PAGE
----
As the story of Georgy and Zola goes backwards, the storyline set in Russia goes forwards, producing a feeling of impending disaster as the Russian Revolution both concludes one story and begins another. There is a twist to the tale, but it is so obvious that you wonder why the author bothered to be honest, although it does not detract from the excellent storytelling. Through Georgy we learn about the murder of Rasputin, the Imperial family and the ending of the Romanov dynasty.
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Format: Hardcover
Firstly I am no Russian historian however I went into this book knowing it was a novel so took it on that basis.
On that basis I found it a a very interesting read, the ending may not be real as others have said but who cares - read it as a novel and enjoy it rather than wasting time picking it apart!

The author did a very good job of bringing the era alive for me and the story moved along at a very good pace making me want to rush to the end but also wanting to savour it for longer. There is nothing better than a book you want to read slower to make it last but cannot do so as it occupies your mind so well - this was one of those books.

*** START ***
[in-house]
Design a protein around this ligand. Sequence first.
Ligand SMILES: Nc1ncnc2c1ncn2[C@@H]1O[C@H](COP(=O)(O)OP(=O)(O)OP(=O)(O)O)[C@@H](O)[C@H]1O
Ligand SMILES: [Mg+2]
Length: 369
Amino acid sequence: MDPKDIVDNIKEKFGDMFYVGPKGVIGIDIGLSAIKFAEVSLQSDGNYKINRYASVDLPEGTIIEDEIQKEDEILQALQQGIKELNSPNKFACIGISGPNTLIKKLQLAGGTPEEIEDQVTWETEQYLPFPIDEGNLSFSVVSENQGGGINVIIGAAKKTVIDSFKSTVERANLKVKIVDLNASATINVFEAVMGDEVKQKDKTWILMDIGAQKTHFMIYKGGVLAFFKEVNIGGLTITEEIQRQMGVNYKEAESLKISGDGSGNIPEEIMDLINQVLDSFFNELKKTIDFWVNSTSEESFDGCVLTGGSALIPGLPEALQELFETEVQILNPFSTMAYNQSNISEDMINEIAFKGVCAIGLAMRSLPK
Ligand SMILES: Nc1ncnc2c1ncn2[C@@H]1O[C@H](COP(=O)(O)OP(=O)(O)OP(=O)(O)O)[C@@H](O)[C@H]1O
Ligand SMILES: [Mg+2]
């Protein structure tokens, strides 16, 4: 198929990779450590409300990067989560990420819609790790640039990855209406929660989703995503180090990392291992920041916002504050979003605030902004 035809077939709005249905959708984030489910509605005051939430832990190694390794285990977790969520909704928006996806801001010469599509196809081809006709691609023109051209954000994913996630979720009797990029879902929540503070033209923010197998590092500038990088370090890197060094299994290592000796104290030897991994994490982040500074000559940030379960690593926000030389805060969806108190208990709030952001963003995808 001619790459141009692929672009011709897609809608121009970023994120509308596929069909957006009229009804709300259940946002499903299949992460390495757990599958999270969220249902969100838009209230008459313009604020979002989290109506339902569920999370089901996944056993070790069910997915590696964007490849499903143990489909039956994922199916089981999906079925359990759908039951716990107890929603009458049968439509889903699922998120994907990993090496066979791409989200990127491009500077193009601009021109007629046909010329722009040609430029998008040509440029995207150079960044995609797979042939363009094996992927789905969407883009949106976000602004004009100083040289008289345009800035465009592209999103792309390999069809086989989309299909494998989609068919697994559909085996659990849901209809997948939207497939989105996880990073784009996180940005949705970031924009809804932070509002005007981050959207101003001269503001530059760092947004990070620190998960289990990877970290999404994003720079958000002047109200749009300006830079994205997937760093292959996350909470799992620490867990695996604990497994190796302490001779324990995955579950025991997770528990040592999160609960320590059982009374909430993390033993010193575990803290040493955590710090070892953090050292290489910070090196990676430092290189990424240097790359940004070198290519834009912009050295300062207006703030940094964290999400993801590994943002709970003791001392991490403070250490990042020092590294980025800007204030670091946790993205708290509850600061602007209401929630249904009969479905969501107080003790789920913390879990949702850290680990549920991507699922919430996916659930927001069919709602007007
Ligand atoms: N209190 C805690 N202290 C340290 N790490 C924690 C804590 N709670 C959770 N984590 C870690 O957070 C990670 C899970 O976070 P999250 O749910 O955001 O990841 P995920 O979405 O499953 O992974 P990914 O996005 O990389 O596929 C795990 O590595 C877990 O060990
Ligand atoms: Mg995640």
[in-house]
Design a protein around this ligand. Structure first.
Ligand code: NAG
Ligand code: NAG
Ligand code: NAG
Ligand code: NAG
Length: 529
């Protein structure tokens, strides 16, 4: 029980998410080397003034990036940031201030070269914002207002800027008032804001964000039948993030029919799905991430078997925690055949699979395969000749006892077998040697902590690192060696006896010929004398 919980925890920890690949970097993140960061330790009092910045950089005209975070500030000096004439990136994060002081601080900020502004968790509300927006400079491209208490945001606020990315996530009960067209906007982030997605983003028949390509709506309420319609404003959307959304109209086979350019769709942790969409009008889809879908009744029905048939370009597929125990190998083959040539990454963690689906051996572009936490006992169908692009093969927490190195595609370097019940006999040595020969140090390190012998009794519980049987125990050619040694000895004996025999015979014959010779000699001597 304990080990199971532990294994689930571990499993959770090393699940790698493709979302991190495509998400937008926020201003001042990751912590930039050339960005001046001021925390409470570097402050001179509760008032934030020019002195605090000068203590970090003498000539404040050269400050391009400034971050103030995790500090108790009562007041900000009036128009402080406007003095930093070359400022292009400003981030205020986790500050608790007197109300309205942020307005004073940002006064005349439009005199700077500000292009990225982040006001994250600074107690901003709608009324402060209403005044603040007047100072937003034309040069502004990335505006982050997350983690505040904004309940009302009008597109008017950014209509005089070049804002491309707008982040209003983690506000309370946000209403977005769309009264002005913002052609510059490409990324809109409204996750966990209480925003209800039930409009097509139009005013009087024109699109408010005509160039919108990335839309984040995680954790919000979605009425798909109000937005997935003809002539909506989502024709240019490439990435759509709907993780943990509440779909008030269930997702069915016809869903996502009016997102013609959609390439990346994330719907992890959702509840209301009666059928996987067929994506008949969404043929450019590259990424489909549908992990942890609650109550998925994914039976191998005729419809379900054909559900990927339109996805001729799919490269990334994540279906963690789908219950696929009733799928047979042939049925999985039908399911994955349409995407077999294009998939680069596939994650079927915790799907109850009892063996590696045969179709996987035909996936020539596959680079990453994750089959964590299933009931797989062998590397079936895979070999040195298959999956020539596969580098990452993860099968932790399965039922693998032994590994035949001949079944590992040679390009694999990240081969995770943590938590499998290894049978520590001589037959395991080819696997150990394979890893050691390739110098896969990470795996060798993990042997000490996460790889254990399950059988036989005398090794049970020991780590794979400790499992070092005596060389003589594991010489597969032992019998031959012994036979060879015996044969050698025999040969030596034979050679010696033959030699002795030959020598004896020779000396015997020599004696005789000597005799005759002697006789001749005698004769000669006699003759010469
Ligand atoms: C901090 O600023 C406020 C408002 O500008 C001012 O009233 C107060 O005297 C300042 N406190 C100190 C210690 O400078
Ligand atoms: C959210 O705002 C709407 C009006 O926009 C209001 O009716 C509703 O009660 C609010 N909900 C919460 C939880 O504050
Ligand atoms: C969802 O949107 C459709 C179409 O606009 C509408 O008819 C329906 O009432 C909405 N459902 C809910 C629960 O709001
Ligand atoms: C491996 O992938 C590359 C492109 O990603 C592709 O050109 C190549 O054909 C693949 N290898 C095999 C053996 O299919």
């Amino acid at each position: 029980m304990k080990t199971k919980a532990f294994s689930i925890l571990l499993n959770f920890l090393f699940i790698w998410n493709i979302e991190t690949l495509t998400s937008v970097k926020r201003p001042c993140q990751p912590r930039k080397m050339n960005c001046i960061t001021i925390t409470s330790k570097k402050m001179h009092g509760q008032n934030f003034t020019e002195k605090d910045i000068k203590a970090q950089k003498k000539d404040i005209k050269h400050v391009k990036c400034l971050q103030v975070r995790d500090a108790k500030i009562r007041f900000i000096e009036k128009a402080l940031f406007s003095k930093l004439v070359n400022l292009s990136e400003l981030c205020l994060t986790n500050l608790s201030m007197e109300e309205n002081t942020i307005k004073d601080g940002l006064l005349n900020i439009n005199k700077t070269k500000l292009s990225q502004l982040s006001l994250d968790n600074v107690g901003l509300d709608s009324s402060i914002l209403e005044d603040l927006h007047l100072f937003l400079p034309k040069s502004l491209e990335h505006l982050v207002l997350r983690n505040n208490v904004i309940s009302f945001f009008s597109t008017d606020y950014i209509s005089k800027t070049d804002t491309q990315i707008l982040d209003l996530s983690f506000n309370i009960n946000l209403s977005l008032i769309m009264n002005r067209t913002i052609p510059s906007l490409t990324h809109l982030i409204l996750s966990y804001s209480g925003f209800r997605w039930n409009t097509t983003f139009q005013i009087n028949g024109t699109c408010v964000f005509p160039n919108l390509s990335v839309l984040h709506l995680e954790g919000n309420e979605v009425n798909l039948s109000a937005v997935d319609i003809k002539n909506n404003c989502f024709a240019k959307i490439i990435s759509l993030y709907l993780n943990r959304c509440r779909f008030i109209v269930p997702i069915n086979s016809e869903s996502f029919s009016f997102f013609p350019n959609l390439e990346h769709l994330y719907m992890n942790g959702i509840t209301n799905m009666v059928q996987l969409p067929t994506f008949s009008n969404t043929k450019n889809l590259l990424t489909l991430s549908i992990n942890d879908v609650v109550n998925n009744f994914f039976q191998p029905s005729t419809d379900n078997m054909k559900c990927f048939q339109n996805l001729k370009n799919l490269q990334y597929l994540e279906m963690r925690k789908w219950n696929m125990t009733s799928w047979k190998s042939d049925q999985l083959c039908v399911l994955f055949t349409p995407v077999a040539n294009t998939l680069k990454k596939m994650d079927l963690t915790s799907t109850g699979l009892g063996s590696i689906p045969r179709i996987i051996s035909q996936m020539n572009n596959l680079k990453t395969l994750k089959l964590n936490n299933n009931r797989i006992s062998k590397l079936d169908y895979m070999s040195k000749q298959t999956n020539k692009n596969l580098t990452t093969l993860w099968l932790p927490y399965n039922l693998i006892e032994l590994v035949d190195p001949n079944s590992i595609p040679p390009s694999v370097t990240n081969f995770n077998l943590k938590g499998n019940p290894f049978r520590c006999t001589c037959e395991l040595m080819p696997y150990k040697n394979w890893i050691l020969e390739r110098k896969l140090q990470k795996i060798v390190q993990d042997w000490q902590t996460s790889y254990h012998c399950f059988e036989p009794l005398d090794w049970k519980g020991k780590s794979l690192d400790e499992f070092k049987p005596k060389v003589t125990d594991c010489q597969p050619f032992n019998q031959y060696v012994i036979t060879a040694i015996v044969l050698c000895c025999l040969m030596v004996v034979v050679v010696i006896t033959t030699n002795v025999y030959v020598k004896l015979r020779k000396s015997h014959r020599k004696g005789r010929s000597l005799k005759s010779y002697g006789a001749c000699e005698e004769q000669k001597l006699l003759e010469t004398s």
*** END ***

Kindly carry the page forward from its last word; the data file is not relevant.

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Format: Paperback
I won't lie, this book held me till the final page. But at that point I was groaning.

Too many improbables. Too much bastardized history. And overall a bit simplistic.

I'm no expert on the Romanovs, but this book seemed to hit all the major bullet points without giving me any new insights into the personalities of the central characters (real or imagined). It really missed the boat for giving such short shrift to Alexei, giving him just a pastiche of 12 yr old traits. And the Alexei we meet at the end seems to have aged not a whit. Come on, he's nearly 14 yrs old! He's going through puberty, for god's sake.

And please, why this historical fixation on Anastasia? Why did our hero have the bad luck to fall for the one Grand Duchess who's been in the posthumous spotlight ad nauseum? Couldn't he have fallen for Tatiana, or Marie? Please.

But if I have any one big complaint it's the constant slowwww attention to the most mundane details. I don't mind that, if the characters have something unusual in their depictions to warrant the time and attention. But these characters seem to live in a word of clichéd emotions and superficial thoughts. The Romanovs deserve better.